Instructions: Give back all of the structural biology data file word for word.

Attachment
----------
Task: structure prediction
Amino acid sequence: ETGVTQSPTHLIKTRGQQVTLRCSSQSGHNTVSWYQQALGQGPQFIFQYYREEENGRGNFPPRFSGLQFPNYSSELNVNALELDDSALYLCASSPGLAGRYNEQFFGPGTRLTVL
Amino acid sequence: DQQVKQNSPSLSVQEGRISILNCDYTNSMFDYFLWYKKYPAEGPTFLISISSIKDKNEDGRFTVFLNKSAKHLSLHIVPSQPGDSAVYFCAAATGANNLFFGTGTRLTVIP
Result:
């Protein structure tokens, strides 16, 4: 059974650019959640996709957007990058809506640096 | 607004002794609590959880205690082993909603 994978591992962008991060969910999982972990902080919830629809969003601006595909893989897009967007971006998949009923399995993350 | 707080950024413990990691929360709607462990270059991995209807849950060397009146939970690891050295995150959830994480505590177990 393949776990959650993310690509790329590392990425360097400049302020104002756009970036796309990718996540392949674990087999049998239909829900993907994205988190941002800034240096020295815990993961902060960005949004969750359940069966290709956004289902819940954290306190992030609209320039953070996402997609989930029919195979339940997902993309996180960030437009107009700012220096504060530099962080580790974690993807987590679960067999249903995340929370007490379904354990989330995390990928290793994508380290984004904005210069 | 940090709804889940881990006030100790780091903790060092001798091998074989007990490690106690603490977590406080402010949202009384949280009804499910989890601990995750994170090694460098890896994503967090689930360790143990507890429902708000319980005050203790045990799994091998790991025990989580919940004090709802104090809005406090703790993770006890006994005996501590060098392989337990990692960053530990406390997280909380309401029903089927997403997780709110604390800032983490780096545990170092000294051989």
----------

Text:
Task: structure prediction
Amino acid sequence: ETGVTQSPTHLIKTRGQQVTLRCSSQSGHNTVSWYQQALGQGPQFIFQYYREEENGRGNFPPRFSGLQFPNYSSELNVNALELDDSALYLCASSPGLAGRYNEQFFGPGTRLTVL
Amino acid sequence: DQQVKQNSPSLSVQEGRISILNCDYTNSMFDYFLWYKKYPAEGPTFLISISSIKDKNEDGRFTVFLNKSAKHLSLHIVPSQPGDSAVYFCAAATGANNLFFGTGTRLTVIP
Result:
């Protein structure tokens, strides 16, 4: 059974650019959640996709957007990058809506640096 | 607004002794609590959880205690082993909603 994978591992962008991060969910999982972990902080919830629809969003601006595909893989897009967007971006998949009923399995993350 | 707080950024413990990691929360709607462990270059991995209807849950060397009146939970690891050295995150959830994480505590177990 393949776990959650993310690509790329590392990425360097400049302020104002756009970036796309990718996540392949674990087999049998239909829900993907994205988190941002800034240096020295815990993961902060960005949004969750359940069966290709956004289902819940954290306190992030609209320039953070996402997609989930029919195979339940997902993309996180960030437009107009700012220096504060530099962080580790974690993807987590679960067999249903995340929370007490379904354990989330995390990928290793994508380290984004904005210069 | 940090709804889940881990006030100790780091903790060092001798091998074989007990490690106690603490977590406080402010949202009384949280009804499910989890601990995750994170090694460098890896994503967090689930360790143990507890429902708000319980005050203790045990799994091998790991025990989580919940004090709802104090809005406090703790993770006890006994005996501590060098392989337990990692960053530990406390997280909380309401029903089927997403997780709110604390800032983490780096545990170092000294051989």